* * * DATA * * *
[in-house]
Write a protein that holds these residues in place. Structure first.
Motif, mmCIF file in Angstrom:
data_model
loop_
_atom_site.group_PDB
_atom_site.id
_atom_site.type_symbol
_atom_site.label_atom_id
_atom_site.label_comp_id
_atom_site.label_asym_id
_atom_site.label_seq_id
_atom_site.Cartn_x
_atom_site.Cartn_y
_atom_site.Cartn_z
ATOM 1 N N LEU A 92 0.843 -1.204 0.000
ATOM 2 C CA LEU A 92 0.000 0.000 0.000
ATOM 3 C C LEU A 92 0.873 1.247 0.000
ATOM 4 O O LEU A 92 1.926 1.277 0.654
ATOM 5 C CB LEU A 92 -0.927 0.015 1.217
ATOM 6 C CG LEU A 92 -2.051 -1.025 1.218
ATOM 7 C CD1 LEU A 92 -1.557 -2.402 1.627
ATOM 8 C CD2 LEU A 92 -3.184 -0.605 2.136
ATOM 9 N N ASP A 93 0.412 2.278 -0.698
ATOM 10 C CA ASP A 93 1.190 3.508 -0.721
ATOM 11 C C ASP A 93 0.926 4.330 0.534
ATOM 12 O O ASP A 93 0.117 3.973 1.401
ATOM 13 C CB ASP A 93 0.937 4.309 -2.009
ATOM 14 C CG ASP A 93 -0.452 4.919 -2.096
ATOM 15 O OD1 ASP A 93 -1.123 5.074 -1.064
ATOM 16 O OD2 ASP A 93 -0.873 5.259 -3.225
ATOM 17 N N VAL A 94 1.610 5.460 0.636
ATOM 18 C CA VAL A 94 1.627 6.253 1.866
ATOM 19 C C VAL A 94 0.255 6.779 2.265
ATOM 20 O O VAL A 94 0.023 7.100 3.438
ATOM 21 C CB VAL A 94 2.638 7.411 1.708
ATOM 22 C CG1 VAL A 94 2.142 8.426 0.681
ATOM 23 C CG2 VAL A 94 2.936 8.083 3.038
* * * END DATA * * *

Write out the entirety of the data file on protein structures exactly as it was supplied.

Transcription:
[in-house]
Write a protein that holds these residues in place. Structure first.
Motif, mmCIF file in Angstrom:
data_model
loop_
_atom_site.group_PDB
_atom_site.id
_atom_site.type_symbol
_atom_site.label_atom_id
_atom_site.label_comp_id
_atom_site.label_asym_id
_atom_site.label_seq_id
_atom_site.Cartn_x
_atom_site.Cartn_y
_atom_site.Cartn_z
ATOM 1 N N LEU A 92 0.843 -1.204 0.000
ATOM 2 C CA LEU A 92 0.000 0.000 0.000
ATOM 3 C C LEU A 92 0.873 1.247 0.000
ATOM 4 O O LEU A 92 1.926 1.277 0.654
ATOM 5 C CB LEU A 92 -0.927 0.015 1.217
ATOM 6 C CG LEU A 92 -2.051 -1.025 1.218
ATOM 7 C CD1 LEU A 92 -1.557 -2.402 1.627
ATOM 8 C CD2 LEU A 92 -3.184 -0.605 2.136
ATOM 9 N N ASP A 93 0.412 2.278 -0.698
ATOM 10 C CA ASP A 93 1.190 3.508 -0.721
ATOM 11 C C ASP A 93 0.926 4.330 0.534
ATOM 12 O O ASP A 93 0.117 3.973 1.401
ATOM 13 C CB ASP A 93 0.937 4.309 -2.009
ATOM 14 C CG ASP A 93 -0.452 4.919 -2.096
ATOM 15 O OD1 ASP A 93 -1.123 5.074 -1.064
ATOM 16 O OD2 ASP A 93 -0.873 5.259 -3.225
ATOM 17 N N VAL A 94 1.610 5.460 0.636
ATOM 18 C CA VAL A 94 1.627 6.253 1.866
ATOM 19 C C VAL A 94 0.255 6.779 2.265
ATOM 20 O O VAL A 94 0.023 7.100 3.438
ATOM 21 C CB VAL A 94 2.638 7.411 1.708
ATOM 22 C CG1 VAL A 94 2.142 8.426 0.681
ATOM 23 C CG2 VAL A 94 2.936 8.083 3.038